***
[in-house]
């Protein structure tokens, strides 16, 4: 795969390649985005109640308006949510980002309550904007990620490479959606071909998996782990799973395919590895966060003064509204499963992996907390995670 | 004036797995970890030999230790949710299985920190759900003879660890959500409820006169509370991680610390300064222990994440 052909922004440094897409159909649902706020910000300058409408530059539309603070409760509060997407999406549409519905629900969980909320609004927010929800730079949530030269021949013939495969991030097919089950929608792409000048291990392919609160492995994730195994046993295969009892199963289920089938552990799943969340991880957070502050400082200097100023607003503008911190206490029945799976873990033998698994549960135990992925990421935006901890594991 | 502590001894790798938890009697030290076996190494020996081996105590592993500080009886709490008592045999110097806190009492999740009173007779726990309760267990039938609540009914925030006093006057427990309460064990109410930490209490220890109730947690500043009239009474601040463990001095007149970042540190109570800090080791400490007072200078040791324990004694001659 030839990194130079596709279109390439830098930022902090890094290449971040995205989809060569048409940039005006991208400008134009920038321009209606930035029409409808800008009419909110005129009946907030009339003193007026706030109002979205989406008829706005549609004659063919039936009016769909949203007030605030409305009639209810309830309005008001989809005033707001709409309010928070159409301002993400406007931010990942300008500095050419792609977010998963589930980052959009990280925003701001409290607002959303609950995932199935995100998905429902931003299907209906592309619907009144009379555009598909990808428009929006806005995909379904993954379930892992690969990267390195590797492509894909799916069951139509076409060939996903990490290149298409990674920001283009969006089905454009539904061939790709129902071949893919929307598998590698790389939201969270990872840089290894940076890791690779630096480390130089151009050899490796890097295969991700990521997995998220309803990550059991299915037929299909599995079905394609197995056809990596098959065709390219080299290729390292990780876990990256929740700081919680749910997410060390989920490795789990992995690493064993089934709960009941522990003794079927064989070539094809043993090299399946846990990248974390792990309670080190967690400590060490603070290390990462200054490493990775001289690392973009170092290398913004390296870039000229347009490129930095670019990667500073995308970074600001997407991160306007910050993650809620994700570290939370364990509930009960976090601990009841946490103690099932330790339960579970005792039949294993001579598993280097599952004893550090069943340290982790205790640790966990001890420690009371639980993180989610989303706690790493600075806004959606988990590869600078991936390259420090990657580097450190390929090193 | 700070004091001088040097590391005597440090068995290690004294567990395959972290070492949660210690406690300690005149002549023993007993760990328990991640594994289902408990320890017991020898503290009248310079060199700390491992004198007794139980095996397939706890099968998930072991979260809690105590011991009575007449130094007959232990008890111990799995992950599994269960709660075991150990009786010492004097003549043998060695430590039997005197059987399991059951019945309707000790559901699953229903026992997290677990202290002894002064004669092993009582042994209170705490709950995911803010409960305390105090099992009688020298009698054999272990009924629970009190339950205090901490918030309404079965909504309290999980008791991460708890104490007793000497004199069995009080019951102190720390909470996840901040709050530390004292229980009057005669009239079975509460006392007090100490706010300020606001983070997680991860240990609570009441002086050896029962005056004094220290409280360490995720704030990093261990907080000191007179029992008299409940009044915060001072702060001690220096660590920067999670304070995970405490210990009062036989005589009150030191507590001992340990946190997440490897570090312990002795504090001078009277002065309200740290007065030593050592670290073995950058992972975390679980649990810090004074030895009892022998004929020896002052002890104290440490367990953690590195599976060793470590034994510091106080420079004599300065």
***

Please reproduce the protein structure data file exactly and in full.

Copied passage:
[in-house]
């Protein structure tokens, strides 16, 4: 795969390649985005109640308006949510980002309550904007990620490479959606071909998996782990799973395919590895966060003064509204499963992996907390995670 | 004036797995970890030999230790949710299985920190759900003879660890959500409820006169509370991680610390300064222990994440 052909922004440094897409159909649902706020910000300058409408530059539309603070409760509060997407999406549409519905629900969980909320609004927010929800730079949530030269021949013939495969991030097919089950929608792409000048291990392919609160492995994730195994046993295969009892199963289920089938552990799943969340991880957070502050400082200097100023607003503008911190206490029945799976873990033998698994549960135990992925990421935006901890594991 | 502590001894790798938890009697030290076996190494020996081996105590592993500080009886709490008592045999110097806190009492999740009173007779726990309760267990039938609540009914925030006093006057427990309460064990109410930490209490220890109730947690500043009239009474601040463990001095007149970042540190109570800090080791400490007072200078040791324990004694001659 030839990194130079596709279109390439830098930022902090890094290449971040995205989809060569048409940039005006991208400008134009920038321009209606930035029409409808800008009419909110005129009946907030009339003193007026706030109002979205989406008829706005549609004659063919039936009016769909949203007030605030409305009639209810309830309005008001989809005033707001709409309010928070159409301002993400406007931010990942300008500095050419792609977010998963589930980052959009990280925003701001409290607002959303609950995932199935995100998905429902931003299907209906592309619907009144009379555009598909990808428009929006806005995909379904993954379930892992690969990267390195590797492509894909799916069951139509076409060939996903990490290149298409990674920001283009969006089905454009539904061939790709129902071949893919929307598998590698790389939201969270990872840089290894940076890791690779630096480390130089151009050899490796890097295969991700990521997995998220309803990550059991299915037929299909599995079905394609197995056809990596098959065709390219080299290729390292990780876990990256929740700081919680749910997410060390989920490795789990992995690493064993089934709960009941522990003794079927064989070539094809043993090299399946846990990248974390792990309670080190967690400590060490603070290390990462200054490493990775001289690392973009170092290398913004390296870039000229347009490129930095670019990667500073995308970074600001997407991160306007910050993650809620994700570290939370364990509930009960976090601990009841946490103690099932330790339960579970005792039949294993001579598993280097599952004893550090069943340290982790205790640790966990001890420690009371639980993180989610989303706690790493600075806004959606988990590869600078991936390259420090990657580097450190390929090193 | 700070004091001088040097590391005597440090068995290690004294567990395959972290070492949660210690406690300690005149002549023993007993760990328990991640594994289902408990320890017991020898503290009248310079060199700390491992004198007794139980095996397939706890099968998930072991979260809690105590011991009575007449130094007959232990008890111990799995992950599994269960709660075991150990009786010492004097003549043998060695430590039997005197059987399991059951019945309707000790559901699953229903026992997290677990202290002894002064004669092993009582042994209170705490709950995911803010409960305390105090099992009688020298009698054999272990009924629970009190339950205090901490918030309404079965909504309290999980008791991460708890104490007793000497004199069995009080019951102190720390909470996840901040709050530390004292229980009057005669009239079975509460006392007090100490706010300020606001983070997680991860240990609570009441002086050896029962005056004094220290409280360490995720704030990093261990907080000191007179029992008299409940009044915060001072702060001690220096660590920067999670304070995970405490210990009062036989005589009150030191507590001992340990946190997440490897570090312990002795504090001078009277002065309200740290007065030593050592670290073995950058992972975390679980649990810090004074030895009892022998004929020896002052002890104290440490367990953690590195599976060793470590034994510091106080420079004599300065």